South Africa has set itself the ambitious target of achieving universal and equitable early childhood development (ECD) by 2030, with plans to provide every child up to five years of age with a minimum of two years of pre-primary school exposure before they enter basic schooling.
As the foundation phase in the education value chain, ECD has been found to deliver lasting benefit to pupils, particularly the poor and disadvantaged. Research shows that pupils with sufficient exposure to ECD have better attainment levels and cognitive abilities, and that the return on investment in ECD programmes can far exceed that of economic development projects.
El-Shammah would like to educate the babies for the duration of their stay at the Home. We believe in developing a young baby’s mind by:
- Interacting with them in our play area
- Talking to them
- Allowing them to explore with different textures
- Playing with blocks
- Playing hide and seek
But all of this is simply not enough…Please help us in Educating our babies with a formal ECD Centre by donating R500.00 pm for 12 months.
Youth Life Skills Camps
El-Shammah Home For Abandoned Babies would like to change the mindset of young people, to show them that there’s more to life than intercourse and also to highlight the effects of abandonment. We will do this by offering life skills camps to various secondary schools in disadvantaged communities because research has shown that ‘blessors’ seem to target young ladies from these areas and lure them with promises of a good life, gifts and money.
Our goal is to teach life skills and create awareness of the plight of the abandoned baby to four hundred scholars during 2018 but we need R 2 024 400.00 to make this a reality.
We change the life of Those
who have no Hope
The adoption process In South Africa, the only way in which you can legally adopt a child is by working through an accredited adoption agency, or with the assistance of an adoption social worker functioning within the statutory accredited adoption system.When working through an adoption agency, the process usually starts with the prospective adoptive parents submitting an application to the agency. Each agency has its own set of requirements – it’s a good idea to phone the particular agency to get their set of criteria before you actually apply in writing.
Getting your application right from the start can save a lot of time later. All prospective adoptive parents are required to undergo a screening and preparation process. Adoption agencies are often criticised for ‘all the red tape’ or ‘making applicants jump through too many hoops’. But if one considers that in most cases the social worker is completely responsible for making a decision about a child’s future, the involved process becomes a necessity to ensure that the right parent(s) is/are chosen for every child – the parent(s) that will provide the specific child in question with the best possible home and family.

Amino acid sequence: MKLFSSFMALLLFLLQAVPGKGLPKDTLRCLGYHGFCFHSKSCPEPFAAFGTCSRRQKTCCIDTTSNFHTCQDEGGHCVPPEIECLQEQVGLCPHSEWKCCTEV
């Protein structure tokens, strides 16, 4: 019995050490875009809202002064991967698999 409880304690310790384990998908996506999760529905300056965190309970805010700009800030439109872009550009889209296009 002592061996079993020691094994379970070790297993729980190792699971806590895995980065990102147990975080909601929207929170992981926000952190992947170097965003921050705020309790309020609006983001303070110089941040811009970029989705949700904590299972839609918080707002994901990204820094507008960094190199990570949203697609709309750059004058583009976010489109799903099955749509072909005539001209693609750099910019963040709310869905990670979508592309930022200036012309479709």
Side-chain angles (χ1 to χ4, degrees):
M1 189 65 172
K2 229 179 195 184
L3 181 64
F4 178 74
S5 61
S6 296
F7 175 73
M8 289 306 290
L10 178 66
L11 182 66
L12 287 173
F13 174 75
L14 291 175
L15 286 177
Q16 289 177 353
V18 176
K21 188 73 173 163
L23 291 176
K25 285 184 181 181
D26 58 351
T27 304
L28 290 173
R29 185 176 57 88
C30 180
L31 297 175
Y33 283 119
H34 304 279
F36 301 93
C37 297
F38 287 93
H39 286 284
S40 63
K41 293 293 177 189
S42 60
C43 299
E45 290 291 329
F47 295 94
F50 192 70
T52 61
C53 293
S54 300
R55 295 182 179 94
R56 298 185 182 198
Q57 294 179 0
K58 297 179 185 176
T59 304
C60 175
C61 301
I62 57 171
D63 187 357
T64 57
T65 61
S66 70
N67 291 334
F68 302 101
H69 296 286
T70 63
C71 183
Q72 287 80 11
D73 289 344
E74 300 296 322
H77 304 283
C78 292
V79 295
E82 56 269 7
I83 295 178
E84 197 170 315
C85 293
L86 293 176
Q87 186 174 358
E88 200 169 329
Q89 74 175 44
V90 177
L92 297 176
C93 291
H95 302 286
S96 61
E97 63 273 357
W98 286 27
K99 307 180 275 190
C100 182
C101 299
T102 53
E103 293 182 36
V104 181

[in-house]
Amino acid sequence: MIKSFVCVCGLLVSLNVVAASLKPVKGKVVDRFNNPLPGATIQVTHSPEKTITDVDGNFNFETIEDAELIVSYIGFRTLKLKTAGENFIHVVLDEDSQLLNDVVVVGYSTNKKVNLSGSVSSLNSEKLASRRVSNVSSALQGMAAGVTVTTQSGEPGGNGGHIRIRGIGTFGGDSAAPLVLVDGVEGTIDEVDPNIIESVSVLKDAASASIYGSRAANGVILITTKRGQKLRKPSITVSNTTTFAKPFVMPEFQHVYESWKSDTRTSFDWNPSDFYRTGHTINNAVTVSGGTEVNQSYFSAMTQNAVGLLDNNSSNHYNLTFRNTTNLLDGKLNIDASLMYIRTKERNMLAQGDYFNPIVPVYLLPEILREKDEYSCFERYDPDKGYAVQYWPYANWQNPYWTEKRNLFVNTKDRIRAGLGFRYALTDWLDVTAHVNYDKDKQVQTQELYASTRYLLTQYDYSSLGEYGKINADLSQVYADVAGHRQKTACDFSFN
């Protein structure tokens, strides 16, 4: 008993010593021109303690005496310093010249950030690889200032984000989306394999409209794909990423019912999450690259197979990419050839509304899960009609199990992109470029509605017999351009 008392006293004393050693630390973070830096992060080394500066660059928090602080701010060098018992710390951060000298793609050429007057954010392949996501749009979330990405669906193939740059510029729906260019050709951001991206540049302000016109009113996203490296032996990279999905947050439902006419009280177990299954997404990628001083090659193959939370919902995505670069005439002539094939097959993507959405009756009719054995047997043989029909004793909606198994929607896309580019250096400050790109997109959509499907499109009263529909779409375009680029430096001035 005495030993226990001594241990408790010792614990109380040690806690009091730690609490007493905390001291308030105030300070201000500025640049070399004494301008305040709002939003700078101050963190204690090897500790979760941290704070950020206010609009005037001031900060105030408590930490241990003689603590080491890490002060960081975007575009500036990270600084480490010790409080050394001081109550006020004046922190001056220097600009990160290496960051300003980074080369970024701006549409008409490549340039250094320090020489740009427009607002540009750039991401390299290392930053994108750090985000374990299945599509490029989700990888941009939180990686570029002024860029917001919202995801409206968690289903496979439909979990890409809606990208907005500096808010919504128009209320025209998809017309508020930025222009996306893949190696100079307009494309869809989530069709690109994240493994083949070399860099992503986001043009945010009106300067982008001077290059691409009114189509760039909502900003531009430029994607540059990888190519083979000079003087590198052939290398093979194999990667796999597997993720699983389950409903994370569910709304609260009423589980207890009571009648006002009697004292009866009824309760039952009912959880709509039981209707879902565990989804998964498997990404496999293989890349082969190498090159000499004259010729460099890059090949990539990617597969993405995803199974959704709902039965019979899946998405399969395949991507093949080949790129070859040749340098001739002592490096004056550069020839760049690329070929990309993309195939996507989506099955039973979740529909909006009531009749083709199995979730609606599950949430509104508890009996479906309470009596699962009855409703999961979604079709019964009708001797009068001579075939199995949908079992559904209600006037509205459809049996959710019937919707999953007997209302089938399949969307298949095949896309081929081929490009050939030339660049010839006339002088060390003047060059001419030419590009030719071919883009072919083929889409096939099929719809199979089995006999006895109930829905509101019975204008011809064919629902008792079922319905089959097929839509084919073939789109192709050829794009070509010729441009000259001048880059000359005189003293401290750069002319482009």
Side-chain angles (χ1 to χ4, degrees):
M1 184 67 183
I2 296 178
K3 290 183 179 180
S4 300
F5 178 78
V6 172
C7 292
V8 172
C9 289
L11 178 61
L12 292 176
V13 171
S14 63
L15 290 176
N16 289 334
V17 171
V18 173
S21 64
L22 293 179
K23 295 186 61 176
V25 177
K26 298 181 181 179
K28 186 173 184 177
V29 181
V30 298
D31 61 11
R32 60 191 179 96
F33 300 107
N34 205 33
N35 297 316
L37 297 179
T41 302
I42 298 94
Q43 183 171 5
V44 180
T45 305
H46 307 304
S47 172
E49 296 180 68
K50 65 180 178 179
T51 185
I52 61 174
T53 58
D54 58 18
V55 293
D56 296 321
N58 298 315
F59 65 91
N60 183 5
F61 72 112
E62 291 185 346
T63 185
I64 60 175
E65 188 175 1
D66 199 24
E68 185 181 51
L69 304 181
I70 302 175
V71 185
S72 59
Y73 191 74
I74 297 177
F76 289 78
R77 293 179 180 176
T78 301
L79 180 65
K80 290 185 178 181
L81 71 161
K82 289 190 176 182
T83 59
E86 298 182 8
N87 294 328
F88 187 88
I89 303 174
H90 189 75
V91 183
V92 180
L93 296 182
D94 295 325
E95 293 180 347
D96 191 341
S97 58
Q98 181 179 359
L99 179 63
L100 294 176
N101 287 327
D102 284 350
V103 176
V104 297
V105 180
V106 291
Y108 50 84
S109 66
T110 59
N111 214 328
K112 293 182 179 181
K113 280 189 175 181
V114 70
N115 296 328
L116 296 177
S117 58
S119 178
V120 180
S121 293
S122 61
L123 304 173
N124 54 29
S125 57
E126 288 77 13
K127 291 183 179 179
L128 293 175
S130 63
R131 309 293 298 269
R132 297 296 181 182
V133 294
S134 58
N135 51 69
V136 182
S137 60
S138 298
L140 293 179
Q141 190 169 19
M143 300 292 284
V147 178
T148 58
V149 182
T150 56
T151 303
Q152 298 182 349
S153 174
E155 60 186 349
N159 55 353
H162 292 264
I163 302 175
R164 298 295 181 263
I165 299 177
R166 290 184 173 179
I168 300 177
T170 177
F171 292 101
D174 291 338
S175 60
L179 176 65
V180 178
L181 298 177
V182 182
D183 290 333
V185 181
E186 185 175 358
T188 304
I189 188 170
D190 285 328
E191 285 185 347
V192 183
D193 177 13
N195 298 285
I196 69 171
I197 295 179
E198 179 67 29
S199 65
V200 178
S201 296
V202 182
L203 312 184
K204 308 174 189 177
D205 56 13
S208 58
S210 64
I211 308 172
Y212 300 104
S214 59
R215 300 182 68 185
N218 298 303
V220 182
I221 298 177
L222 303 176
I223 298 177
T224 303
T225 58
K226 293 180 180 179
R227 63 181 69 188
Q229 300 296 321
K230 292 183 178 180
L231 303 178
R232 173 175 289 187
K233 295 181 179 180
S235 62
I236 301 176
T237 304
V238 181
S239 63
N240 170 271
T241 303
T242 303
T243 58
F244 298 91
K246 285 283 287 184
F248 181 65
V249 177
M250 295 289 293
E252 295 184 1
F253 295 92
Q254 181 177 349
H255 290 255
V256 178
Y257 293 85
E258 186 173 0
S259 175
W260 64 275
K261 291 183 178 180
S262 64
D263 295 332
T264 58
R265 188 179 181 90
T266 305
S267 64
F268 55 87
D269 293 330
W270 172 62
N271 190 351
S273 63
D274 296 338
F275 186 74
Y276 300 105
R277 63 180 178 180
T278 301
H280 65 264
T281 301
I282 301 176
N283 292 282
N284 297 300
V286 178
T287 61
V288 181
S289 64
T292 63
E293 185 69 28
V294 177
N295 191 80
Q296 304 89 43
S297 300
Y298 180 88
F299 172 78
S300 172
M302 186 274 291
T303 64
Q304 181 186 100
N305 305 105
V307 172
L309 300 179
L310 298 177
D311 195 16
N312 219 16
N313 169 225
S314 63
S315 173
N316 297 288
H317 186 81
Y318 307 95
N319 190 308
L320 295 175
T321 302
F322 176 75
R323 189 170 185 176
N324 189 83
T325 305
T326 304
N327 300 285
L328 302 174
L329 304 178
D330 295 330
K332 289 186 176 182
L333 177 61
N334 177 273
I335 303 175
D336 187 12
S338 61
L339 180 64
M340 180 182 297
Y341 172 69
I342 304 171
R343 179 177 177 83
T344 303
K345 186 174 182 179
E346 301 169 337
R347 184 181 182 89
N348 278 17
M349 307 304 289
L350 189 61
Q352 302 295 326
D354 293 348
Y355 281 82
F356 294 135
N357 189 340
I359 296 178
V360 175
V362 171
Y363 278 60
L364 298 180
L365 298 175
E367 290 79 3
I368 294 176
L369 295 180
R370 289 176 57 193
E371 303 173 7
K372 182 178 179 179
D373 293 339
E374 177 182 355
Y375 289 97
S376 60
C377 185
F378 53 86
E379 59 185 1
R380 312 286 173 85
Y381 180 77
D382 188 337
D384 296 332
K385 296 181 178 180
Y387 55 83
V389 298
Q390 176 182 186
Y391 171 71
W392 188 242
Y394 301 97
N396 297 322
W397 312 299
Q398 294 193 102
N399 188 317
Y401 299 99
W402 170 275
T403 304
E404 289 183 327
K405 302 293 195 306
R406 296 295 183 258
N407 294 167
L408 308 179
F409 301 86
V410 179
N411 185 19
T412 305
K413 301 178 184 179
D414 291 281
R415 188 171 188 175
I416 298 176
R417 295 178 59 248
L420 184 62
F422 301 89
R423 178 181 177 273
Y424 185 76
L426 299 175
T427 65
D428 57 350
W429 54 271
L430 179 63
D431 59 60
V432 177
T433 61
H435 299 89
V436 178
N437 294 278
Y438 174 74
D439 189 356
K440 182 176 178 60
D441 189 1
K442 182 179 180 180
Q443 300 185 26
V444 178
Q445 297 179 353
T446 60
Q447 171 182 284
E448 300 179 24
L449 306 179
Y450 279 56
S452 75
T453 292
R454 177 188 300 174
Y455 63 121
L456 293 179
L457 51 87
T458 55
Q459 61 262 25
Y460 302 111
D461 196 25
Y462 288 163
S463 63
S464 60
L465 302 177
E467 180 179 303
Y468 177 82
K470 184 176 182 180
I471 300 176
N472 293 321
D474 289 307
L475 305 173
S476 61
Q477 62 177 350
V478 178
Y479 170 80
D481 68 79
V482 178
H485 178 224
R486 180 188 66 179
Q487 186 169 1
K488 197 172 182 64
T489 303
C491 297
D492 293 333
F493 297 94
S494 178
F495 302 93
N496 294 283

The screening process normally involves orientation meetings, interviews with a social worker, full medicals, marriage and psychological assessments, home visits, police clearance and references. The screening process basically allows social workers to get to know prospective adopters as a family, their motivation to adopt and their ability to offer a child a warm, loving and stable home. Once the screening process is complete, applicants are placed on a waiting list for a child. Applicants have their own ideas and wishes about the child they wish to adopt – they can decide about the age and sex of the baby or child they would like to adopt and adoption agencies will try to meet those personal expectations It’s a very joyous and happy day when the new parents are informed that they have been matched to a child and arrangements will be made for them to meet the child. There is usually a period of introduction to the child, the length of time varying according to the child’s age.
The official placement of the child with the adoptive parents is a legal process, carried out through the Children’s Court. Once the child has been with the new parents for a period of time and the social worker has assessed the adoption to be in the best interests of the child, the adoption is finalised through the Children’s Court. The child then becomes the legal child of the adoptive parents as if the child was born to them and has all the same rights as a biological child.
How we help THE BABIES IN OUR CARE
Parent-Infant psychotherapy is supportive psychotherapy. The aims are not only to meet the immediate presenting problems in the baby or the toddler, but also to help the parent and child feel more positively about themselves and their interaction.
Outcome: To date we have helped 20 families bond with their new babies.
2. Play Therapy
Play therapy is to children what talk therapy is to adults. Research confirms that play is a child’s primary tool for communication, growth, and development. Therapy is useful for kids with all sorts of different struggles, including but not limited to:
Depression, overwhelming emotions, sensitivity, and irritability, anxiety, self-regulation, grief and loss, anger problems, aggression
Outcomes: To date we have helped 215 babies via play therapy to cope with abandonment and abuse with the help of our partners in psychology.
3. Operation Immunisation
Immunization protects children (and adults) against harmful infections before they come into contact with them in the community.
Outcome: To date 270 Babies has been immunized by our partner in baby wellness